Why Curt Schilling Was Right About Some Hall of Fame Voters

Former Red Sox pitcher, Curt Schilling, was the closest player to the 75% threshold needed to be inducted into the National Baseball Hall of Fame. He was 16 votes away and was understandably frustrated. Minutes after the announcement, he shared a letter he wrote to the Hall of Fame requesting they remove him from the ballot for his tenth and final year of eligibility.

“I will not participate in the final year of voting. I am requesting to be removed from the ballot,” Schilling continued. “I’ll defer to the veterans committee and men whose opinions actually matter and who are in a position to actually judge a player.”

I initially didn’t believe his statement was true about the writers’ opinions not mattering. After all, they are the ones that have analyzed his performance for years. They’ve earned the right to determine whether he will have a plaque at the Hall of Fame or not. But, after some consideration, Schilling is actually correct in his statement.

To be clear, baseball writers’ opinions certainly matter. They watch games every day during the season and are the ones that are covering these players that they’re voting or not voting for. But, would you believe me if I told you that there are actually people casting votes on who should get into the National Baseball Hall of Fame who don’t even cover baseball. Well, there are.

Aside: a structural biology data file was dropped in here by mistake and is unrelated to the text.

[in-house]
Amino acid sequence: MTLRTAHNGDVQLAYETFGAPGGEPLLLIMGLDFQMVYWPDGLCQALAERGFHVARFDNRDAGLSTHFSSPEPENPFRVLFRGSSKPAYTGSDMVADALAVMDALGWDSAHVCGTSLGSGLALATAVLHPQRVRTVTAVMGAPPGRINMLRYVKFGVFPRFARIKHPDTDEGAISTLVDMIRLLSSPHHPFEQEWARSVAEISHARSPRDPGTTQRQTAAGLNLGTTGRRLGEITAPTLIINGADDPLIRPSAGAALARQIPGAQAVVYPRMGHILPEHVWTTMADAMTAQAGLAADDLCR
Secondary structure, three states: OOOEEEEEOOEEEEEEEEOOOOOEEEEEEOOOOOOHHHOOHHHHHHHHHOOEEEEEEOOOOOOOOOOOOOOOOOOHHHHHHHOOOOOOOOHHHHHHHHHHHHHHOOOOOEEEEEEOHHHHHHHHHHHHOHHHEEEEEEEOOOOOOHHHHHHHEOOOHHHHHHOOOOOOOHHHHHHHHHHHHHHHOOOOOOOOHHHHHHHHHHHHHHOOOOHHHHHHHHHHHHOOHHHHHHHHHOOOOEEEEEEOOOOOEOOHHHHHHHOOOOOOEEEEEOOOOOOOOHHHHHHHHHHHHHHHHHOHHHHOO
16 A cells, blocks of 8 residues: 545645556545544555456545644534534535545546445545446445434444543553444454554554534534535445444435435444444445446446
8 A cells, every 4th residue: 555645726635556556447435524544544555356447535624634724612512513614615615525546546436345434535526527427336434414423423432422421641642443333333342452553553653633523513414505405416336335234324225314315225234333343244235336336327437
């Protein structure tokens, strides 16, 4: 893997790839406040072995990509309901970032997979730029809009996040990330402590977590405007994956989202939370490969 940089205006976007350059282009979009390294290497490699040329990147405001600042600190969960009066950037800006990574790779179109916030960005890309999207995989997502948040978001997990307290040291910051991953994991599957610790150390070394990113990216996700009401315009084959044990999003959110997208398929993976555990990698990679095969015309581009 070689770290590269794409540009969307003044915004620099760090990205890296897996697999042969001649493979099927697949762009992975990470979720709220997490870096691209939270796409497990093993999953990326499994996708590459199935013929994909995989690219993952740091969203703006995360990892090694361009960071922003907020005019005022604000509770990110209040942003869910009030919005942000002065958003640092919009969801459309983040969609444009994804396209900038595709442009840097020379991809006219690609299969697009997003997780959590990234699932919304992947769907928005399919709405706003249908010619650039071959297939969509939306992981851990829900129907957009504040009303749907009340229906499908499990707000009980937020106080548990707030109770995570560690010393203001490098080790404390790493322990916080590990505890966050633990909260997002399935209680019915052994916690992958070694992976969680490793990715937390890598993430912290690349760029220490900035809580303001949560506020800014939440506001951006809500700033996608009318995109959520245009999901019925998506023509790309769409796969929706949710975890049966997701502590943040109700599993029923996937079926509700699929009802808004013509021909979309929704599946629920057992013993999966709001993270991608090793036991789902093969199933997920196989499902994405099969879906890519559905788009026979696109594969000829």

Here are a few examples just from the New York Post. They are just one newspaper publication and they had 13 different writers voting for the Hall of Fame in 2021. Larry Brooks–who did not vote for Schilling–covers the New York Rangers in the NHL. Brian Lewis voted for five players and he is a beat writer for the Brooklyn Nets in the NBA. Brian Costello is the Post’s New York Jets beat writer and he voted for ten players (yes, ten players in a year that nobody got in).

No disrespect to those three writers’ careers, but why do they deserve to vote for the National Baseball Hall of Fame? Why should someone whose job is not covering baseball have the right to play a part in deciding the fate of Curt Schilling? Do you think they fully appreciate how rare it is to see a pitcher go 5-0 with a 1.73 ERA in elimination games in the postseason (two wins against the New York Yankees)? Probably not, because their job is to cover other professional sports.

That would be like the Post’s Joel Sherman–who also works for MLB Network–voting for the NBA Hall of Fame. He himself would tell you he isn’t fit to vote for that league.

Schilling isn’t lying about those writers that haven’t covered the sport in years and/or their jobs are covering other sports. Their opinions shouldn’t matter when it comes to the National Baseball Hall of Fame.

(Photo: Charles Krupa/AP Photo)

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